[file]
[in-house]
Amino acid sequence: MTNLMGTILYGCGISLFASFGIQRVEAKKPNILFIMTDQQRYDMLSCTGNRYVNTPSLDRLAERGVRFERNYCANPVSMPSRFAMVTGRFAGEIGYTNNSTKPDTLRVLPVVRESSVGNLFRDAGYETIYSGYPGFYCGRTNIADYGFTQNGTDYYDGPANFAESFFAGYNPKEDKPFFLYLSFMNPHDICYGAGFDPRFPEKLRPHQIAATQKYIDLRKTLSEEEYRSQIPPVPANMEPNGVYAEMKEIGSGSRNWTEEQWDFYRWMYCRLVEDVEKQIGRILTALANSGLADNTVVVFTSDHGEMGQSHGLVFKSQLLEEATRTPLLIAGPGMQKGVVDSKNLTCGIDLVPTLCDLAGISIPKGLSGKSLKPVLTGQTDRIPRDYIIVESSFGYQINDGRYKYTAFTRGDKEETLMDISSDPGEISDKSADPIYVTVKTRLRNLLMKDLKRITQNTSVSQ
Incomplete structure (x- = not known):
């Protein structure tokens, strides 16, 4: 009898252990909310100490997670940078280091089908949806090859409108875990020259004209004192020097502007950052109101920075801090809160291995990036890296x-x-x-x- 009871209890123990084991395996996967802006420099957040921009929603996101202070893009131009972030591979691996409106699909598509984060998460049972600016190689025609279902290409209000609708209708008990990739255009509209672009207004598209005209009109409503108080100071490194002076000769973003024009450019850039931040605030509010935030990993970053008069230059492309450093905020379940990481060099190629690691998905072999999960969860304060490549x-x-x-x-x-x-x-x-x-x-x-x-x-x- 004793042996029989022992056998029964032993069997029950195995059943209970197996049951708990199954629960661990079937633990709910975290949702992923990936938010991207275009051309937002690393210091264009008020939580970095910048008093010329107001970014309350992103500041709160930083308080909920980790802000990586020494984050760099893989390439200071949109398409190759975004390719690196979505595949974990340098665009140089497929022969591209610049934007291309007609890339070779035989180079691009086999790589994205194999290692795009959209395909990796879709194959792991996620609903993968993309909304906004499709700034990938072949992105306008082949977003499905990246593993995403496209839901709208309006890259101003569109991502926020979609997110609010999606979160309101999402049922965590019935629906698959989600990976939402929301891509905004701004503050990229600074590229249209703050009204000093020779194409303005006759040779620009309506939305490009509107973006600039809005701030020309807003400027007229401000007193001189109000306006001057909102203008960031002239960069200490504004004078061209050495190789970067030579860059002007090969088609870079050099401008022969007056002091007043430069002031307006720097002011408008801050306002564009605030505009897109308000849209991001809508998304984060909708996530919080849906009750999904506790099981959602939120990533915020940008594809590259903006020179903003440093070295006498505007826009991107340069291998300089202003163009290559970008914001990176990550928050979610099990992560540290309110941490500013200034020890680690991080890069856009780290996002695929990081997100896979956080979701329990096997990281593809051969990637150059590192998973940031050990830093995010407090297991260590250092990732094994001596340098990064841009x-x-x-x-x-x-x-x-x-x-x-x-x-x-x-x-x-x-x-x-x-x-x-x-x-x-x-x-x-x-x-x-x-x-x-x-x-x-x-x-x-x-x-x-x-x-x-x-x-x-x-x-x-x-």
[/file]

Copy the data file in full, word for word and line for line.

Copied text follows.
[in-house]
Amino acid sequence: MTNLMGTILYGCGISLFASFGIQRVEAKKPNILFIMTDQQRYDMLSCTGNRYVNTPSLDRLAERGVRFERNYCANPVSMPSRFAMVTGRFAGEIGYTNNSTKPDTLRVLPVVRESSVGNLFRDAGYETIYSGYPGFYCGRTNIADYGFTQNGTDYYDGPANFAESFFAGYNPKEDKPFFLYLSFMNPHDICYGAGFDPRFPEKLRPHQIAATQKYIDLRKTLSEEEYRSQIPPVPANMEPNGVYAEMKEIGSGSRNWTEEQWDFYRWMYCRLVEDVEKQIGRILTALANSGLADNTVVVFTSDHGEMGQSHGLVFKSQLLEEATRTPLLIAGPGMQKGVVDSKNLTCGIDLVPTLCDLAGISIPKGLSGKSLKPVLTGQTDRIPRDYIIVESSFGYQINDGRYKYTAFTRGDKEETLMDISSDPGEISDKSADPIYVTVKTRLRNLLMKDLKRITQNTSVSQ
Incomplete structure (x- = not known):
């Protein structure tokens, strides 16, 4: 009898252990909310100490997670940078280091089908949806090859409108875990020259004209004192020097502007950052109101920075801090809160291995990036890296x-x-x-x- 009871209890123990084991395996996967802006420099957040921009929603996101202070893009131009972030591979691996409106699909598509984060998460049972600016190689025609279902290409209000609708209708008990990739255009509209672009207004598209005209009109409503108080100071490194002076000769973003024009450019850039931040605030509010935030990993970053008069230059492309450093905020379940990481060099190629690691998905072999999960969860304060490549x-x-x-x-x-x-x-x-x-x-x-x-x-x- 004793042996029989022992056998029964032993069997029950195995059943209970197996049951708990199954629960661990079937633990709910975290949702992923990936938010991207275009051309937002690393210091264009008020939580970095910048008093010329107001970014309350992103500041709160930083308080909920980790802000990586020494984050760099893989390439200071949109398409190759975004390719690196979505595949974990340098665009140089497929022969591209610049934007291309007609890339070779035989180079691009086999790589994205194999290692795009959209395909990796879709194959792991996620609903993968993309909304906004499709700034990938072949992105306008082949977003499905990246593993995403496209839901709208309006890259101003569109991502926020979609997110609010999606979160309101999402049922965590019935629906698959989600990976939402929301891509905004701004503050990229600074590229249209703050009204000093020779194409303005006759040779620009309506939305490009509107973006600039809005701030020309807003400027007229401000007193001189109000306006001057909102203008960031002239960069200490504004004078061209050495190789970067030579860059002007090969088609870079050099401008022969007056002091007043430069002031307006720097002011408008801050306002564009605030505009897109308000849209991001809508998304984060909708996530919080849906009750999904506790099981959602939120990533915020940008594809590259903006020179903003440093070295006498505007826009991107340069291998300089202003163009290559970008914001990176990550928050979610099990992560540290309110941490500013200034020890680690991080890069856009780290996002695929990081997100896979956080979701329990096997990281593809051969990637150059590192998973940031050990830093995010407090297991260590250092990732094994001596340098990064841009x-x-x-x-x-x-x-x-x-x-x-x-x-x-x-x-x-x-x-x-x-x-x-x-x-x-x-x-x-x-x-x-x-x-x-x-x-x-x-x-x-x-x-x-x-x-x-x-x-x-x-x-x-x-």